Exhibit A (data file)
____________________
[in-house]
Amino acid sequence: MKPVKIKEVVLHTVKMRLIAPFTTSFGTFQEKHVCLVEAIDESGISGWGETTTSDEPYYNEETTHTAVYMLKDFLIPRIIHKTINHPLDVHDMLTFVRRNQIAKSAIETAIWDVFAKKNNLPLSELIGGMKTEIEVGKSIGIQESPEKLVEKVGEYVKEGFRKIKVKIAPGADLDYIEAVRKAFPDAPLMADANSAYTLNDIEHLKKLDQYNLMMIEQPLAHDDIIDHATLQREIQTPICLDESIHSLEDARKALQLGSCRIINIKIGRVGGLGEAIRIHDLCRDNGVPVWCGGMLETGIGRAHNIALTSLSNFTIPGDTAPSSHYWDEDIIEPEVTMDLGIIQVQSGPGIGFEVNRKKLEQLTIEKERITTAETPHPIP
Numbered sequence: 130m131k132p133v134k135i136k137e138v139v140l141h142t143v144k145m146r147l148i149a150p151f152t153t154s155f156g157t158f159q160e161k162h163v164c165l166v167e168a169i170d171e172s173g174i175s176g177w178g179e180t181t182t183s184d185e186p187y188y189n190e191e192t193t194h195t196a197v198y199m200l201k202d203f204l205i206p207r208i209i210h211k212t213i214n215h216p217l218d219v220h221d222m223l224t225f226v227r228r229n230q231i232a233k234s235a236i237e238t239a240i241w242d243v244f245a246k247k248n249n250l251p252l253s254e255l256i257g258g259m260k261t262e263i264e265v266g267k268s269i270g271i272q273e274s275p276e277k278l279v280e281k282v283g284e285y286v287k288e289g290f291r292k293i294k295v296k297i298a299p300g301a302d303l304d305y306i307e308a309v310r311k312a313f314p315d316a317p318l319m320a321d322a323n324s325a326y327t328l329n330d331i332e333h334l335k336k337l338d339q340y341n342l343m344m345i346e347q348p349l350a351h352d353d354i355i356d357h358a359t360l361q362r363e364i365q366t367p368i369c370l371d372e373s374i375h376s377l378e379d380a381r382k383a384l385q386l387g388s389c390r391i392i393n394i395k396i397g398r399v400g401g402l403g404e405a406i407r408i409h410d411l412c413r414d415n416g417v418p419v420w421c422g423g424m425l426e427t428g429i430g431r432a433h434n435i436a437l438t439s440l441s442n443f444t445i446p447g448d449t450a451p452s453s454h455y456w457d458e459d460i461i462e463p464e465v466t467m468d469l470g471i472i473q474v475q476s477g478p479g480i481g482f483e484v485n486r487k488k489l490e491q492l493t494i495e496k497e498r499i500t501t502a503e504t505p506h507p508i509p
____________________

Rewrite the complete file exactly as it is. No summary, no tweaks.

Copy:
[in-house]
Amino acid sequence: MKPVKIKEVVLHTVKMRLIAPFTTSFGTFQEKHVCLVEAIDESGISGWGETTTSDEPYYNEETTHTAVYMLKDFLIPRIIHKTINHPLDVHDMLTFVRRNQIAKSAIETAIWDVFAKKNNLPLSELIGGMKTEIEVGKSIGIQESPEKLVEKVGEYVKEGFRKIKVKIAPGADLDYIEAVRKAFPDAPLMADANSAYTLNDIEHLKKLDQYNLMMIEQPLAHDDIIDHATLQREIQTPICLDESIHSLEDARKALQLGSCRIINIKIGRVGGLGEAIRIHDLCRDNGVPVWCGGMLETGIGRAHNIALTSLSNFTIPGDTAPSSHYWDEDIIEPEVTMDLGIIQVQSGPGIGFEVNRKKLEQLTIEKERITTAETPHPIP
Numbered sequence: 130m131k132p133v134k135i136k137e138v139v140l141h142t143v144k145m146r147l148i149a150p151f152t153t154s155f156g157t158f159q160e161k162h163v164c165l166v167e168a169i170d171e172s173g174i175s176g177w178g179e180t181t182t183s184d185e186p187y188y189n190e191e192t193t194h195t196a197v198y199m200l201k202d203f204l205i206p207r208i209i210h211k212t213i214n215h216p217l218d219v220h221d222m223l224t225f226v227r228r229n230q231i232a233k234s235a236i237e238t239a240i241w242d243v244f245a246k247k248n249n250l251p252l253s254e255l256i257g258g259m260k261t262e263i264e265v266g267k268s269i270g271i272q273e274s275p276e277k278l279v280e281k282v283g284e285y286v287k288e289g290f291r292k293i294k295v296k297i298a299p300g301a302d303l304d305y306i307e308a309v310r311k312a313f314p315d316a317p318l319m320a321d322a323n324s325a326y327t328l329n330d331i332e333h334l335k336k337l338d339q340y341n342l343m344m345i346e347q348p349l350a351h352d353d354i355i356d357h358a359t360l361q362r363e364i365q366t367p368i369c370l371d372e373s374i375h376s377l378e379d380a381r382k383a384l385q386l387g388s389c390r391i392i393n394i395k396i397g398r399v400g401g402l403g404e405a406i407r408i409h410d411l412c413r414d415n416g417v418p419v420w421c422g423g424m425l426e427t428g429i430g431r432a433h434n435i436a437l438t439s440l441s442n443f444t445i446p447g448d449t450a451p452s453s454h455y456w457d458e459d460i461i462e463p464e465v466t467m468d469l470g471i472i473q474v475q476s477g478p479g480i481g482f483e484v485n486r487k488k489l490e491q492l493t494i495e496k497e498r499i500t501t502a503e504t505p506h507p508i509p